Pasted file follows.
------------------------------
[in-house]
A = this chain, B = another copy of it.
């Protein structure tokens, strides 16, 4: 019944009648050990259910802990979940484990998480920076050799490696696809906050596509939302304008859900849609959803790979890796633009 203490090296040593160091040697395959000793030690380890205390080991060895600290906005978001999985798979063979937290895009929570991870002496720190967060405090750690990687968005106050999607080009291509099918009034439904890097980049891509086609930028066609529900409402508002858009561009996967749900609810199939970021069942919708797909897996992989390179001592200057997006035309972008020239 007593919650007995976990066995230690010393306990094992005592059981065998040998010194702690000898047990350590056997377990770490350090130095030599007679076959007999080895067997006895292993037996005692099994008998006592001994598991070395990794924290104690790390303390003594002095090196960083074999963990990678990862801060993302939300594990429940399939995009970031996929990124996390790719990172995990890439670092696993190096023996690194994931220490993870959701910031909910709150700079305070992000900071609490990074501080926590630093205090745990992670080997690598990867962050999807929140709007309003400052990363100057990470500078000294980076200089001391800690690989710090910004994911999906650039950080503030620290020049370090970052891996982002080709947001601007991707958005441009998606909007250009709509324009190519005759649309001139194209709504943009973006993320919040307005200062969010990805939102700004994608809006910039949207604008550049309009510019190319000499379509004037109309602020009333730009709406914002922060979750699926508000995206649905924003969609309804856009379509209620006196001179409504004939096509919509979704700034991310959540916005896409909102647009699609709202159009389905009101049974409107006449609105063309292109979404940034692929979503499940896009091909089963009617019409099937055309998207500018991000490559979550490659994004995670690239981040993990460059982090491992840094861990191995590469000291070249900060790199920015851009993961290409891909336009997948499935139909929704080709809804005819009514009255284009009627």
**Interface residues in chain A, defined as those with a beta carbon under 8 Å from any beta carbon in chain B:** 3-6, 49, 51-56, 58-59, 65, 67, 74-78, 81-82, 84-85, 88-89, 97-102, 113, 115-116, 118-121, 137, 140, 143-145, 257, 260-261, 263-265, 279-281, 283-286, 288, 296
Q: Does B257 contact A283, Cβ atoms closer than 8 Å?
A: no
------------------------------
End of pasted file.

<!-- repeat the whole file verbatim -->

[in-house]
A = this chain, B = another copy of it.
């Protein structure tokens, strides 16, 4: 019944009648050990259910802990979940484990998480920076050799490696696809906050596509939302304008859900849609959803790979890796633009 203490090296040593160091040697395959000793030690380890205390080991060895600290906005978001999985798979063979937290895009929570991870002496720190967060405090750690990687968005106050999607080009291509099918009034439904890097980049891509086609930028066609529900409402508002858009561009996967749900609810199939970021069942919708797909897996992989390179001592200057997006035309972008020239 007593919650007995976990066995230690010393306990094992005592059981065998040998010194702690000898047990350590056997377990770490350090130095030599007679076959007999080895067997006895292993037996005692099994008998006592001994598991070395990794924290104690790390303390003594002095090196960083074999963990990678990862801060993302939300594990429940399939995009970031996929990124996390790719990172995990890439670092696993190096023996690194994931220490993870959701910031909910709150700079305070992000900071609490990074501080926590630093205090745990992670080997690598990867962050999807929140709007309003400052990363100057990470500078000294980076200089001391800690690989710090910004994911999906650039950080503030620290020049370090970052891996982002080709947001601007991707958005441009998606909007250009709509324009190519005759649309001139194209709504943009973006993320919040307005200062969010990805939102700004994608809006910039949207604008550049309009510019190319000499379509004037109309602020009333730009709406914002922060979750699926508000995206649905924003969609309804856009379509209620006196001179409504004939096509919509979704700034991310959540916005896409909102647009699609709202159009389905009101049974409107006449609105063309292109979404940034692929979503499940896009091909089963009617019409099937055309998207500018991000490559979550490659994004995670690239981040993990460059982090491992840094861990191995590469000291070249900060790199920015851009993961290409891909336009997948499935139909929704080709809804005819009514009255284009009627």
**Interface residues in chain A, defined as those with a beta carbon under 8 Å from any beta carbon in chain B:** 3-6, 49, 51-56, 58-59, 65, 67, 74-78, 81-82, 84-85, 88-89, 97-102, 113, 115-116, 118-121, 137, 140, 143-145, 257, 260-261, 263-265, 279-281, 283-286, 288, 296
Q: Does B257 contact A283, Cβ atoms closer than 8 Å?
A: no